Signs & symptoms of right sided colorectal cancer
In the early stages the sympotms are usually mild, this patient may experience vague cramping until the disease has progressed, unexplained anemia, weakness & fatigue related to blood loss may be the only early symptoms of right sided colon cancer.
Signs & symptoms of left sided colorectal cancer
Cancers on the left side cause more obvious changes in bowel function, patients may develop diarrhea or constipation and may notice blood in the stool. These patients usually have no pain!
Nursing assessment of the liver, review of systems
Note the color of stools because clay-colored stools are characteristic of bile obstruction & black stools can indicate GI bleeding
Physicial examination of the liver patient
Examination of the abdomen is especially important in detecting liver disease. note the presence of prominent veins. If significant ascites (fluid accumulation in the abdomen) is present, the abdomen appears distended. Measure the abdomen at the largest circumference by marking the abdomen on the midline & both sides so that any other measurements taken are acurate, also daily weights are important to dectect fluid retension!
Crae for the patient after a liver biopsy
A pressure dressing is placed over the puncture. It should be checked for bleeding every 15 minutes for the first hour, then every 30 minutes for the next hour & then hourly thereafter or according to protocal of the facility. The primary complications of a liver biopsy are hemorrhage & a pneumothorax
preicteric phase of hepatitis
patient feels malase, severe headache, right upper quadrant abdominal pain, anorexia, nausea, vomiting, fever, arthralgia (joint pain), rash, enlarged lymph nodes, urticaria, & enlargement & tenderness of the liver. This stage lasts for 1 to 21 days.... This is the stage where the patient is the most infectious!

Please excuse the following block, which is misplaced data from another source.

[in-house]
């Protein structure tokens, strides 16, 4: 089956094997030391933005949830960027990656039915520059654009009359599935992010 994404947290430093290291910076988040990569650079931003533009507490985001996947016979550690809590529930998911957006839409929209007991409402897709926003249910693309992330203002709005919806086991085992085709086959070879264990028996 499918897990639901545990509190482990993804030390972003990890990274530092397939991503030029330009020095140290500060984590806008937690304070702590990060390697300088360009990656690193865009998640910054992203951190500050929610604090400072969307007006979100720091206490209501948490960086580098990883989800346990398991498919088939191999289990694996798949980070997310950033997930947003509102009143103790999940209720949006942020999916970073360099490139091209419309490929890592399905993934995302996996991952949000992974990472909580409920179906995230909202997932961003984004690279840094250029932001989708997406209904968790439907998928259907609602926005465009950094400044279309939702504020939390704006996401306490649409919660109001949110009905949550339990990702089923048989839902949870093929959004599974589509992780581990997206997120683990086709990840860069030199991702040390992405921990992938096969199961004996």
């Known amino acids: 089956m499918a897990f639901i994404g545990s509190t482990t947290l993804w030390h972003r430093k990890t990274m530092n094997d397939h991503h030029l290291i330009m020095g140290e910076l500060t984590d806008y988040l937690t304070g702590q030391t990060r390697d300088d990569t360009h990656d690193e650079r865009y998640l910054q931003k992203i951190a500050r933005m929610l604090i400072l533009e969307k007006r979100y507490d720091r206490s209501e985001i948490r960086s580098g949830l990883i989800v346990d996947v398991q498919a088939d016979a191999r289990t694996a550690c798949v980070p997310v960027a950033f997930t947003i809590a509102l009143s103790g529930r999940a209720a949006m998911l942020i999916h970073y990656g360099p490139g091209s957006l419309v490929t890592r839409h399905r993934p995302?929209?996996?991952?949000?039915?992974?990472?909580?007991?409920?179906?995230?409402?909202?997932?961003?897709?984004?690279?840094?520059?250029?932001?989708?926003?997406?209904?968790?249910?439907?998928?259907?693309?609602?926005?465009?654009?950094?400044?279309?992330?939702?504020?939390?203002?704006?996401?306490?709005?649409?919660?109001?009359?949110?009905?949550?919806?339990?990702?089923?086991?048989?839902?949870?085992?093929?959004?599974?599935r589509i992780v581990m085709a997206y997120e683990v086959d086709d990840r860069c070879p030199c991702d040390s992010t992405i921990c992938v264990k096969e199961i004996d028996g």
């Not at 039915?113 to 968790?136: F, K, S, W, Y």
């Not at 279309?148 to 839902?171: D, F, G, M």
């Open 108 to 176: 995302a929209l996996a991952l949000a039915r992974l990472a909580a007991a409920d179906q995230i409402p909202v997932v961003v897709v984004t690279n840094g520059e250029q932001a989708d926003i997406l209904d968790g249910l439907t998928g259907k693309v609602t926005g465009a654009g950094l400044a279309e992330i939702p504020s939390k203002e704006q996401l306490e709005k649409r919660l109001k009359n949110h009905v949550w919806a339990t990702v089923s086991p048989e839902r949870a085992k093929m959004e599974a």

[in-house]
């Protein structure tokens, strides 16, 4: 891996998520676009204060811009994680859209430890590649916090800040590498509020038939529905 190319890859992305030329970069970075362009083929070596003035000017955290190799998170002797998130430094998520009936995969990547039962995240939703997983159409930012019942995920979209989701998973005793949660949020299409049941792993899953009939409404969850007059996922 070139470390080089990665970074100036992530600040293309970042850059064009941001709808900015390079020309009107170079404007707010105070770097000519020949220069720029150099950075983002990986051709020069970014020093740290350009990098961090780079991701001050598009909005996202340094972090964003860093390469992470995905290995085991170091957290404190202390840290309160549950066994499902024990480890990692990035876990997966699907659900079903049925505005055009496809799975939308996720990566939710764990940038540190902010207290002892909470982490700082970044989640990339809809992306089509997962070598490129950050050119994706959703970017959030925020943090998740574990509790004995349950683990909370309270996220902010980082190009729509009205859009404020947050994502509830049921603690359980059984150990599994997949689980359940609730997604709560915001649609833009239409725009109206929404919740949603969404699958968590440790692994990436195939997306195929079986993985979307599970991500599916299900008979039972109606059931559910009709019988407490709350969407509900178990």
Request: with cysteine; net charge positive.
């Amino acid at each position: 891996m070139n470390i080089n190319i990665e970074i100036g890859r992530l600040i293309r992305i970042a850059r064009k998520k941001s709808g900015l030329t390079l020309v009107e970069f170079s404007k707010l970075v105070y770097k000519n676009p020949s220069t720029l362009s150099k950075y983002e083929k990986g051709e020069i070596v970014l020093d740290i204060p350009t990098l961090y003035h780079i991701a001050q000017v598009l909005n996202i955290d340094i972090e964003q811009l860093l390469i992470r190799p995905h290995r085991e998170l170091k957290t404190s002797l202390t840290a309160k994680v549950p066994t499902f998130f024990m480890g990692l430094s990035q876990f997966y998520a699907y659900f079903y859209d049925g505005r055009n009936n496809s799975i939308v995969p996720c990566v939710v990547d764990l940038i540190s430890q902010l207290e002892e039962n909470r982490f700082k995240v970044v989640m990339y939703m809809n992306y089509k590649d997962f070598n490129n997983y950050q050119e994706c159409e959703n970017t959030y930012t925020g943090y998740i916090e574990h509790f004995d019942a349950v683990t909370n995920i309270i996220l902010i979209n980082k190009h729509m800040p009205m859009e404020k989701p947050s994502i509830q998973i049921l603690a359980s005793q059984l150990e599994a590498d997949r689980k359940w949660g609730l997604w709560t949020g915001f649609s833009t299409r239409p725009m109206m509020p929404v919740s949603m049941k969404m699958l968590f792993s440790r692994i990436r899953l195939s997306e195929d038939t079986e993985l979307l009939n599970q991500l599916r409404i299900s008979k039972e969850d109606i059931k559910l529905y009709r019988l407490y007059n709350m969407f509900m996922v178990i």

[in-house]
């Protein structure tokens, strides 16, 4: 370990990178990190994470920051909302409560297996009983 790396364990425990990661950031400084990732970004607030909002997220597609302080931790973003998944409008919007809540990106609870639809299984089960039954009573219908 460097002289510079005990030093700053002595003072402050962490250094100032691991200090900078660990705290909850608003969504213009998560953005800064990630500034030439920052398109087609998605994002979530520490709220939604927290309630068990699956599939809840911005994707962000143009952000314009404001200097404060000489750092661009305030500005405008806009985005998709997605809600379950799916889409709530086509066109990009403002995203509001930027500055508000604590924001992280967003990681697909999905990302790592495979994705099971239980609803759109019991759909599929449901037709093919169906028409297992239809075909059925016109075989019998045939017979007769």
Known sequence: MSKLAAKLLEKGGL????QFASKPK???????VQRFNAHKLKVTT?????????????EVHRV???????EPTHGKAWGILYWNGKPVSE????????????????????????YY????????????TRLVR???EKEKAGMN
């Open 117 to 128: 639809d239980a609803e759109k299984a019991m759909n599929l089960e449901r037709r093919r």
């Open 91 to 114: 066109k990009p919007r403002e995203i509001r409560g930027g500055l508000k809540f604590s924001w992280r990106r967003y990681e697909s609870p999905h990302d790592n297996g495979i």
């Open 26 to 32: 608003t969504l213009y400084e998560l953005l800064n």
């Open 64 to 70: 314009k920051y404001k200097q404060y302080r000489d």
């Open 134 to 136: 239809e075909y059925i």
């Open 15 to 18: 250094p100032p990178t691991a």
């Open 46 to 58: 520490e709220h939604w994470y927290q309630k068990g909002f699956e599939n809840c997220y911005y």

icteric phase of hepatitis
this stage is characterized by jaundice, light clay-colored stools, & dark urine, puritis may be present & the GI systems from the preicteric phase often persist. This stage lasts for 2 to 4 weeks
posticteric phase of hepatitis
During this stage the patient feels malase, fatigued, & liver enlargement. This stage lasts for several months
2 Nursing diagnosis for hepatitis
Deficient fluid volume related to inadequate intake & vomiting, the patient should maintain a fluid intake of 3000 mL/day unless contrindicated, kepp intake & output records & be alert for signs of fluid retension such as increasing abdonimal girth, rising blood pressure, & edema.
Risk for impaired skin integrity related to puritis & scratching, bathe the patients skin in cool water, & pat dry. Mild soap may be used as well as lubricating lotions or topical antiprurectics, trim the fingernails or mittens may be used for confused patients or consult the physician about ordering an antihystamine.
Staff protection against hepatitis